When debt is sold multiple times, it's usually sold at a discount because it can be increasingly difficult for the collection agency to get paid. That represents an opportunity for RIP, which was founded in 2014 by two former debt collectors who wanted to work on a project to forgive debt, rather than collect on it. RIP is able to swoop in and offer to buy up the debt at a deep discount with donations from individuals like Zames.
Typically, a $1 donation can be used to buy $100 in medical debt. In Zames' case, RIP found that the debt was pretty old in the counties she wanted to target, so they hoped to leverage the donations to wipe out a bit more than average.
The nonprofit, working in partnership with TransUnion, focuses on identifying, verifying and buying up the medical debt of those who are in the most dire need. Typically, it aims to wipe out debt for individuals who are earning less than two times the federal poverty level, which varies by state and household size, but is around $25,750 for a family of four. RIP also focuses on wiping out debt for those who are facing financial hardship or insolvency.
Over the course of five years, RIP has raised enough money to wipe out $675 million of medical debt for over 200,000 people. And that debt forgiveness is tax-free for the recipients, Daniel Lempert, a spokesman for RIP, tells CNBC Make It.
Raising money and awareness
With the help of RIP, Zames spent several hours in January setting up a fundraising website, creating social media pages and shooting a video for Project Eraser. She and her mom even created a bunch of Project Eraser T-shirts with iron-on decals to help spread the word.
But the teen also went beyond the online appeals: Zames wanted to get her classmates, teachers and school faculty involved with the project as well. She attends Christian Brothers Academy in Syracuse, which is a private school with a dress code. But each month, students are allowed to dress down if they donate to a charitable cause.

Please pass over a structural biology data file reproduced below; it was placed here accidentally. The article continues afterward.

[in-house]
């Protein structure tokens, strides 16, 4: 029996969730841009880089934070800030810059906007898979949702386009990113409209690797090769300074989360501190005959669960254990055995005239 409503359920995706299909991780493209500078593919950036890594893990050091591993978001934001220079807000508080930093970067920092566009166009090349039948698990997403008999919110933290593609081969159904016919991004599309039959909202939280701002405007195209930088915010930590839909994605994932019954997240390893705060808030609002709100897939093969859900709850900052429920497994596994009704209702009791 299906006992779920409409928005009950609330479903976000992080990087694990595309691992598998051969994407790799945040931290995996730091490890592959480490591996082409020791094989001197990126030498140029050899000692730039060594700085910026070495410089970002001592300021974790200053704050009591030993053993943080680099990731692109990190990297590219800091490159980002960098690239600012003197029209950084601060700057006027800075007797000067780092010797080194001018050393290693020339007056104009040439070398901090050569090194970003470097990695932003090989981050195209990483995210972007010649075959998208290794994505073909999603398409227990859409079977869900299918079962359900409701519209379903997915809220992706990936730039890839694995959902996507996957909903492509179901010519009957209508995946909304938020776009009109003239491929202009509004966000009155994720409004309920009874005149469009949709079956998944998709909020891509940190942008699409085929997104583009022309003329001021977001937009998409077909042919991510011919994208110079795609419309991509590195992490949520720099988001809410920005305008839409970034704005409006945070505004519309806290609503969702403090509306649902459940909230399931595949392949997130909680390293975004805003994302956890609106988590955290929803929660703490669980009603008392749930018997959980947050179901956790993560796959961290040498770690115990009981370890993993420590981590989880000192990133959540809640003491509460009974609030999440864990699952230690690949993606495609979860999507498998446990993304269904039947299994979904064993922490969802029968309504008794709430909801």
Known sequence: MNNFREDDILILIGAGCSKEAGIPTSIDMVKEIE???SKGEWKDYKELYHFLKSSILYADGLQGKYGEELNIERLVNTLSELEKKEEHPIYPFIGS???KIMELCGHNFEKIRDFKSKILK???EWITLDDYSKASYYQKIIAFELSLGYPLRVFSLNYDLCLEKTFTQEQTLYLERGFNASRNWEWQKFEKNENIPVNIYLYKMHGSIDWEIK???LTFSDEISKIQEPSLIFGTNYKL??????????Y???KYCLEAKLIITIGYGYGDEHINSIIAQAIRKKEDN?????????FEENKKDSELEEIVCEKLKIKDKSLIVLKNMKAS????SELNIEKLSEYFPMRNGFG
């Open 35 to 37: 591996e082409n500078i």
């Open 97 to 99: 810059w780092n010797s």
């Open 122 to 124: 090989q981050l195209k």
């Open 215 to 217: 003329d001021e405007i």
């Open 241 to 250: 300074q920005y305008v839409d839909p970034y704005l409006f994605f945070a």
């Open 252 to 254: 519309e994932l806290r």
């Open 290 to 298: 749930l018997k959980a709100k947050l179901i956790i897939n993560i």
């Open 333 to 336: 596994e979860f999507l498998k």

Zames capitalized on this, giving a speech to her entire school about Project Eraser and how medical debt affects so many Americans. "Before I started the campaign, I didn't understand medical bills and medical debt, so I just wanted my fellow classmates, and even my teachers, to understand what I was doing," Zames says.
People care. If you're willing to put yourself out there and make those speeches, make those [social media] posts and talk to anyone you can, people can see how passionate you are...and they're going to want to help you.Talia Zames
Her initiative paid off. The school raised $2,300 for Project Eraser, which was one of the largest single-source donations of her entire campaign. It was so successful, she gave another speech at her local synagogue, and even helped her younger sister give a similar presentation at her elementary school.
At the end of February, Zames coordinated with her favorite restaurant, Panera, to host a community fundraiser night. For every person who ordered food or drinks at Panera on that night and mentioned Project Eraser, the restaurant donated a portion of the sale to Zames' cause.
The event raised about $200, but more importantly to Zames, it allowed her friends and those who couldn't afford to donate directly to her campaign to participate by simply ordering a meal. "I got to have dinner with friends and erase medical debt at the same time," she says.
Zames, who is heading to the Rochester Institute of Technology this fall, says her biggest takeaway from the project is the impact a single person, even a teenager, can make. "At first I was really terrified [about hitting such a big goal]; I had a lot of learning to do, a lot of trial-and-error," she says.
But the success she experienced with her first activist project has her already eyeing more opportunities. "I could definitely see myself getting more involved in the future," Zames says.